Saturday, August 18, 2012

The Salford Pals

Despite my having a solid knowledge of British military history, my knowledge of the Great War and of the Somme battle in 1916 was very limited. I knew that the Somme is still considered to be the worst catastrophe in British military history. I also knew that an infantry battalion numbered as high as "19" would be a New Army volunteer battalion, likely raised as part of Field Marshal Lord Kitchener's famous recruiting drive of late 1914 and early 1915. Kitchener was one of the first to realize that Britain's small professional army and its existing reserves numbering in the low hundreds of thousands would not be nearly large enough to allow Britain to sustain a multi-year effort commensurate with its stature as a great power in a major European war where the other powers were fielding millions of troops. As a result, he put out a call for a new all-volunteer army of 100,000 men. Instead, he got 500,000 volunteers from all walks of life who raced to join the colours, either out of patriotism, a need for adventure, or a desperate drive to escape the drudgery of their working lives. 

Many of those who volunteered joined up together as members of a "pals" or "chums" battalion. These battalions were organized by influential individuals or towns and then offered to the crown. These battalions consisted of companies recruited from neighbourhoods, family members, work mates, members of sports clubs etc. The pals units had such unlikely names as the Glasgow Tramways Battalion, the Grimsby Chums and the Accrington Pals. The battalions took on distinctive individual characters. For example, when a significant number of professional football players from Edinburgh's Heart of Midlothian Soccer Club joined the 16th Service Battalion of the Royal Scots, many of their supporters demonstrated loyalty to their heroes by also joining the same unit. This excellent BBC documentary tells the story of this battalion.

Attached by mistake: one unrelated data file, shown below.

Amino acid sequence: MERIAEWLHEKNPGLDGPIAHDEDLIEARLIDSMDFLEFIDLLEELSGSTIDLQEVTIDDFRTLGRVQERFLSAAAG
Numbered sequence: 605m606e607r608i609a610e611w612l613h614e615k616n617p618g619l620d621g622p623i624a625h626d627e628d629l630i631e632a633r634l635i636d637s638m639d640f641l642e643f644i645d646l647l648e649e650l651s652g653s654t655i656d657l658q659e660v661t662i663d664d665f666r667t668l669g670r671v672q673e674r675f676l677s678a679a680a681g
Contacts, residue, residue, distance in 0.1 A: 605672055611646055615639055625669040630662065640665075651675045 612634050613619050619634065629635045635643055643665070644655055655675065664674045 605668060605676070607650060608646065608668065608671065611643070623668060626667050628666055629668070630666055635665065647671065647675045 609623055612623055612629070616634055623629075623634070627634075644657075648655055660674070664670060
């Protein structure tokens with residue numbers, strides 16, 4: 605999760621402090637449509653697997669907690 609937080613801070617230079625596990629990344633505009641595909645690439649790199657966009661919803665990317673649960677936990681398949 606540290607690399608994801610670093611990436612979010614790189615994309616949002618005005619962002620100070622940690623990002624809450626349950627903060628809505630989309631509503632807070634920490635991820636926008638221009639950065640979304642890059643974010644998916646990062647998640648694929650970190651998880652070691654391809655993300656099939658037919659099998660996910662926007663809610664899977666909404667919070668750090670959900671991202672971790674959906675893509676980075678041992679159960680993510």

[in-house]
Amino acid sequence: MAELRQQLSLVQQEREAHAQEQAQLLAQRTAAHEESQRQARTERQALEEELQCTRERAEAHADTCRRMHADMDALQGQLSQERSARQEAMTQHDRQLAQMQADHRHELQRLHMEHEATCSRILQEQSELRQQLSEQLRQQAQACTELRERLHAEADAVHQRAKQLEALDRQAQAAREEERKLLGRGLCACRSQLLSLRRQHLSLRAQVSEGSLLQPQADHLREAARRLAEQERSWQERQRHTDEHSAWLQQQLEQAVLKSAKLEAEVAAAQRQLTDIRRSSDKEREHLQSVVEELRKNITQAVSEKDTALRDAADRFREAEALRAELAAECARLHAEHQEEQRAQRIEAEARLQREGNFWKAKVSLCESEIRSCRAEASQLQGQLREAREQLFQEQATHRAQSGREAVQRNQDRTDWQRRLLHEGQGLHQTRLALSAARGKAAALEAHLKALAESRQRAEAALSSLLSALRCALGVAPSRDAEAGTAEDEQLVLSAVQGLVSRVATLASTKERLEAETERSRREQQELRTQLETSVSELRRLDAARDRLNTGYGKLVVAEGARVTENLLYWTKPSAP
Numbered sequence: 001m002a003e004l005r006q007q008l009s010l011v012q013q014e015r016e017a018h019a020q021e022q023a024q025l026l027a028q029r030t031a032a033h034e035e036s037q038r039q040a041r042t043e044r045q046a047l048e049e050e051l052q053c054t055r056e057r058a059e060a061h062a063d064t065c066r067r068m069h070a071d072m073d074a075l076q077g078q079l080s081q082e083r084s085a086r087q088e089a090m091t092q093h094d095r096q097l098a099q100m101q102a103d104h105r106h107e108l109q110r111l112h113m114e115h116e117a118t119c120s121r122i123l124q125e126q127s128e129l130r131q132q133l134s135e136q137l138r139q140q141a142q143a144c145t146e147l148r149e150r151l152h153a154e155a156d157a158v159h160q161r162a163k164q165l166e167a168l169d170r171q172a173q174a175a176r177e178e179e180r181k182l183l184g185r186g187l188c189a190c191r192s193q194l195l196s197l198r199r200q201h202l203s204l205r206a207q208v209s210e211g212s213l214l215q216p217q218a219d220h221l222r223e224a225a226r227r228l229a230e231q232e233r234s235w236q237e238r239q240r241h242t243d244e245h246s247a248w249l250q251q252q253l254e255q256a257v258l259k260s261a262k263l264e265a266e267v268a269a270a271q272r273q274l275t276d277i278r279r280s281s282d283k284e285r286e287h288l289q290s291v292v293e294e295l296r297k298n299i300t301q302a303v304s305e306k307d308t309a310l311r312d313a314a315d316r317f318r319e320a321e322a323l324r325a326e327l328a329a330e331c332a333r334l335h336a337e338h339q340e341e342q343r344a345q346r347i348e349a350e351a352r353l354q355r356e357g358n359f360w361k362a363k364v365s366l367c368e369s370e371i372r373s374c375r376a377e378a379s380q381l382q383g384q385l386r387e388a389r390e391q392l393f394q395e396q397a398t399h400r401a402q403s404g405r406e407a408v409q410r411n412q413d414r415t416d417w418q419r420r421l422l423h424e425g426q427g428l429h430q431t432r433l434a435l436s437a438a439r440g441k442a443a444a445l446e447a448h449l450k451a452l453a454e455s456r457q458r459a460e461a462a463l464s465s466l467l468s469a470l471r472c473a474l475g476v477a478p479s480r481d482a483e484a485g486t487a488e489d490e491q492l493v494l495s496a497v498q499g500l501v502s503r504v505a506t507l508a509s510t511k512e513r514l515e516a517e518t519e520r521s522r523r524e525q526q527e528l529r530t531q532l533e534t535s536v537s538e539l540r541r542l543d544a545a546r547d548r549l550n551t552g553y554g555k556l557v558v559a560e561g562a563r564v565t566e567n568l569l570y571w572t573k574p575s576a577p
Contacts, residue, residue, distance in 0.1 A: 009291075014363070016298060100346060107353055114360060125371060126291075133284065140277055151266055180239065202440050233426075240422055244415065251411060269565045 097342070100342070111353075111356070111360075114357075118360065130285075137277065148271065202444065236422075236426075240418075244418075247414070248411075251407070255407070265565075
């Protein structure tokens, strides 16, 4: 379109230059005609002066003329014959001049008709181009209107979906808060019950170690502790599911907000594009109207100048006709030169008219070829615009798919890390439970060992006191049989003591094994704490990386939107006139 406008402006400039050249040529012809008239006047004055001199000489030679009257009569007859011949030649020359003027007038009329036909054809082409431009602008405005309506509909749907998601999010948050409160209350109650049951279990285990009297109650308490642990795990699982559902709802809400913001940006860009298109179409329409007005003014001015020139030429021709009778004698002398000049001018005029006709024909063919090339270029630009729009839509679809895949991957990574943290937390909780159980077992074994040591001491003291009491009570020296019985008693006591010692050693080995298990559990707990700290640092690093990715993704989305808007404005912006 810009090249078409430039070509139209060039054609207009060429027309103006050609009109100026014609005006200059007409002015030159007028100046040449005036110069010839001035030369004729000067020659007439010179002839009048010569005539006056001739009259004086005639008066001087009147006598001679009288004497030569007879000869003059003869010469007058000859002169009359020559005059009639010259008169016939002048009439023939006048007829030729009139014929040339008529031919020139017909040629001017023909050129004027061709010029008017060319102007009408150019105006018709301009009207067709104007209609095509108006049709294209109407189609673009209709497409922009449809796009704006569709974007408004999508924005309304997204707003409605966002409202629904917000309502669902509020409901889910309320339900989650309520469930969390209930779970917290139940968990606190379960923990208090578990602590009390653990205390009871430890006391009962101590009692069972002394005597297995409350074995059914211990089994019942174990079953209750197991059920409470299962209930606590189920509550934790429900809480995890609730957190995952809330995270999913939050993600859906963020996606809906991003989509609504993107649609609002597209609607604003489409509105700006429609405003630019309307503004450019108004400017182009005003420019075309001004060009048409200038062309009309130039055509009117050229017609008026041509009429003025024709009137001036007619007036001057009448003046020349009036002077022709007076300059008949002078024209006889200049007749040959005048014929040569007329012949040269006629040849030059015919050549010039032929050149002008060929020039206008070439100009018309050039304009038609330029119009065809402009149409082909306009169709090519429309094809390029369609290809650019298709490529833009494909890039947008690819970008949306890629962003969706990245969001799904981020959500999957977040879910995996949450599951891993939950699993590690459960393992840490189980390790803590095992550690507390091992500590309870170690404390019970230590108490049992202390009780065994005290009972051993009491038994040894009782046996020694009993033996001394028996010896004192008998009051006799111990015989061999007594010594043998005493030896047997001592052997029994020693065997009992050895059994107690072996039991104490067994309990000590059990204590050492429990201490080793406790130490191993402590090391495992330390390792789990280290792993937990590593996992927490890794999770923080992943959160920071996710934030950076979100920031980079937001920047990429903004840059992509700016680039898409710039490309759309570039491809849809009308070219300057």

Today, only a sub-set of Kitchener's new army battalions are recognized as officially falling into the unique "pals" category. Most of the newly raised service battalions of old county regiments were raised through general recruiting efforts that were not concentrated in local areas. The pals battalions were raised through local initiatives and then offered to the army. They were later aligned with the old county regiments and were designated as service battalions. But they were originally raised under their local "pals" titles. Thus is is not unusual for a pals unit to carry two titles - its pals designation and its official county batallion designation.

George was a member of what was officially termed the 19th Service Battalion of the Lancashire Fusiliers, a famous infantry regiment formerly designated the 20th Regiment of Foot. The 15th, 16th, 19th and 20th service battalions of this regiment were raised by the relatively small town Salford, an heavily industrialized centre on the outskirts of greater Manchester. These four Lancashire Fusilier battalions were respectively the 1st, 2nd, 3rd, and 4th Salford Pals.